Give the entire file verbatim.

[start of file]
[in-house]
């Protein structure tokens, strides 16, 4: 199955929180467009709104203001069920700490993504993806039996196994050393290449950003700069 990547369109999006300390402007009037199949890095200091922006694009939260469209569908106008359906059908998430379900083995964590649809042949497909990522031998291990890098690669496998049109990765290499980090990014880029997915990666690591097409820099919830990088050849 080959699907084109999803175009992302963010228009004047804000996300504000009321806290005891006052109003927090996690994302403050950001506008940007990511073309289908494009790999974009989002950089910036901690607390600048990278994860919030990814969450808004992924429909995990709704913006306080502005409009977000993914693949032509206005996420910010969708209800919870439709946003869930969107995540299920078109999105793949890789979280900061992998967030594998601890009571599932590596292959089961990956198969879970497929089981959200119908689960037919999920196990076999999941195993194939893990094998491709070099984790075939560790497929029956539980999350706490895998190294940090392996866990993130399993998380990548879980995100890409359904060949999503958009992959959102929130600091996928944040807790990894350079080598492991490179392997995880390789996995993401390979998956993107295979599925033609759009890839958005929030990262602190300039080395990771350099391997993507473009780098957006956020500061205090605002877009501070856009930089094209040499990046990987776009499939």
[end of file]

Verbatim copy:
[in-house]
């Protein structure tokens, strides 16, 4: 199955929180467009709104203001069920700490993504993806039996196994050393290449950003700069 990547369109999006300390402007009037199949890095200091922006694009939260469209569908106008359906059908998430379900083995964590649809042949497909990522031998291990890098690669496998049109990765290499980090990014880029997915990666690591097409820099919830990088050849 080959699907084109999803175009992302963010228009004047804000996300504000009321806290005891006052109003927090996690994302403050950001506008940007990511073309289908494009790999974009989002950089910036901690607390600048990278994860919030990814969450808004992924429909995990709704913006306080502005409009977000993914693949032509206005996420910010969708209800919870439709946003869930969107995540299920078109999105793949890789979280900061992998967030594998601890009571599932590596292959089961990956198969879970497929089981959200119908689960037919999920196990076999999941195993194939893990094998491709070099984790075939560790497929029956539980999350706490895998190294940090392996866990993130399993998380990548879980995100890409359904060949999503958009992959959102929130600091996928944040807790990894350079080598492991490179392997995880390789996995993401390979998956993107295979599925033609759009890839958005929030990262602190300039080395990771350099391997993507473009780098957006956020500061205090605002877009501070856009930089094209040499990046990987776009499939």